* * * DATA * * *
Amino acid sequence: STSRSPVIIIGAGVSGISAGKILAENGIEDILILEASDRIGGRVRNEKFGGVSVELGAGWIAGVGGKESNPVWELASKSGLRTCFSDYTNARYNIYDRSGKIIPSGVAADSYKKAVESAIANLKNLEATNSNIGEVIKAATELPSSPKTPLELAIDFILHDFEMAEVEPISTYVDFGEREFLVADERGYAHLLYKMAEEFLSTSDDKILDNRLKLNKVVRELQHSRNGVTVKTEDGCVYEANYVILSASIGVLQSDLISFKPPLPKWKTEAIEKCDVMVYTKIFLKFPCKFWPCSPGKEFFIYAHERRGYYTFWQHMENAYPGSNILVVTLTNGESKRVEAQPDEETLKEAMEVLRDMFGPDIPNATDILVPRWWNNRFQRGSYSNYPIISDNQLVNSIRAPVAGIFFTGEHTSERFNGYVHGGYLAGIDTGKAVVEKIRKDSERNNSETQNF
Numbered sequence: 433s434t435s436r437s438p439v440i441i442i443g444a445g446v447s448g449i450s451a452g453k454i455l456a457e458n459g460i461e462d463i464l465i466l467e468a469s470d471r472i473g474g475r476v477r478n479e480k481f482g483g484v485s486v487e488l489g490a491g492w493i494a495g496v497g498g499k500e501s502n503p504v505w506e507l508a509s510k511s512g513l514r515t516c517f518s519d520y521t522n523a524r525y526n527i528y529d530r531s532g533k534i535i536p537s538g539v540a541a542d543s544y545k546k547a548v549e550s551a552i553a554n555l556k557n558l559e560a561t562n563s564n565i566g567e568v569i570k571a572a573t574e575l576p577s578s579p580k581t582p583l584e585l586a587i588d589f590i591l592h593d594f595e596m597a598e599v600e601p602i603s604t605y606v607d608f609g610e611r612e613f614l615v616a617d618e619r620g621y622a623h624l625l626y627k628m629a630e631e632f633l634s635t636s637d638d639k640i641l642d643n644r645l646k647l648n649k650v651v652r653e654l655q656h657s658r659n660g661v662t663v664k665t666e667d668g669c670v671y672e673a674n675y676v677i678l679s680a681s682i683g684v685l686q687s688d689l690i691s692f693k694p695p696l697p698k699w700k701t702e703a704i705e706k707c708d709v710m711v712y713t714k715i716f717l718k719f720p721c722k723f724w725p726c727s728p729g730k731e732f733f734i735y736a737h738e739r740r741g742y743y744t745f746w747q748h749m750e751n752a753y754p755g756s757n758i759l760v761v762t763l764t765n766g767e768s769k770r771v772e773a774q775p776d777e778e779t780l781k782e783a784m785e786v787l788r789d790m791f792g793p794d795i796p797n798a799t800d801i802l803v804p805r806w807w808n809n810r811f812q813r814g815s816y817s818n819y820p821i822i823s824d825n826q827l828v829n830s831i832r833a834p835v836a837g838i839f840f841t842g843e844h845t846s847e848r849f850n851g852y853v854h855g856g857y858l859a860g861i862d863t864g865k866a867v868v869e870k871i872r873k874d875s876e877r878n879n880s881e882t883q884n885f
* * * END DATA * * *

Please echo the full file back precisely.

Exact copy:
Amino acid sequence: STSRSPVIIIGAGVSGISAGKILAENGIEDILILEASDRIGGRVRNEKFGGVSVELGAGWIAGVGGKESNPVWELASKSGLRTCFSDYTNARYNIYDRSGKIIPSGVAADSYKKAVESAIANLKNLEATNSNIGEVIKAATELPSSPKTPLELAIDFILHDFEMAEVEPISTYVDFGEREFLVADERGYAHLLYKMAEEFLSTSDDKILDNRLKLNKVVRELQHSRNGVTVKTEDGCVYEANYVILSASIGVLQSDLISFKPPLPKWKTEAIEKCDVMVYTKIFLKFPCKFWPCSPGKEFFIYAHERRGYYTFWQHMENAYPGSNILVVTLTNGESKRVEAQPDEETLKEAMEVLRDMFGPDIPNATDILVPRWWNNRFQRGSYSNYPIISDNQLVNSIRAPVAGIFFTGEHTSERFNGYVHGGYLAGIDTGKAVVEKIRKDSERNNSETQNF
Numbered sequence: 433s434t435s436r437s438p439v440i441i442i443g444a445g446v447s448g449i450s451a452g453k454i455l456a457e458n459g460i461e462d463i464l465i466l467e468a469s470d471r472i473g474g475r476v477r478n479e480k481f482g483g484v485s486v487e488l489g490a491g492w493i494a495g496v497g498g499k500e501s502n503p504v505w506e507l508a509s510k511s512g513l514r515t516c517f518s519d520y521t522n523a524r525y526n527i528y529d530r531s532g533k534i535i536p537s538g539v540a541a542d543s544y545k546k547a548v549e550s551a552i553a554n555l556k557n558l559e560a561t562n563s564n565i566g567e568v569i570k571a572a573t574e575l576p577s578s579p580k581t582p583l584e585l586a587i588d589f590i591l592h593d594f595e596m597a598e599v600e601p602i603s604t605y606v607d608f609g610e611r612e613f614l615v616a617d618e619r620g621y622a623h624l625l626y627k628m629a630e631e632f633l634s635t636s637d638d639k640i641l642d643n644r645l646k647l648n649k650v651v652r653e654l655q656h657s658r659n660g661v662t663v664k665t666e667d668g669c670v671y672e673a674n675y676v677i678l679s680a681s682i683g684v685l686q687s688d689l690i691s692f693k694p695p696l697p698k699w700k701t702e703a704i705e706k707c708d709v710m711v712y713t714k715i716f717l718k719f720p721c722k723f724w725p726c727s728p729g730k731e732f733f734i735y736a737h738e739r740r741g742y743y744t745f746w747q748h749m750e751n752a753y754p755g756s757n758i759l760v761v762t763l764t765n766g767e768s769k770r771v772e773a774q775p776d777e778e779t780l781k782e783a784m785e786v787l788r789d790m791f792g793p794d795i796p797n798a799t800d801i802l803v804p805r806w807w808n809n810r811f812q813r814g815s816y817s818n819y820p821i822i823s824d825n826q827l828v829n830s831i832r833a834p835v836a837g838i839f840f841t842g843e844h845t846s847e848r849f850n851g852y853v854h855g856g857y858l859a860g861i862d863t864g865k866a867v868v869e870k871i872r873k874d875s876e877r878n879n880s881e882t883q884n885f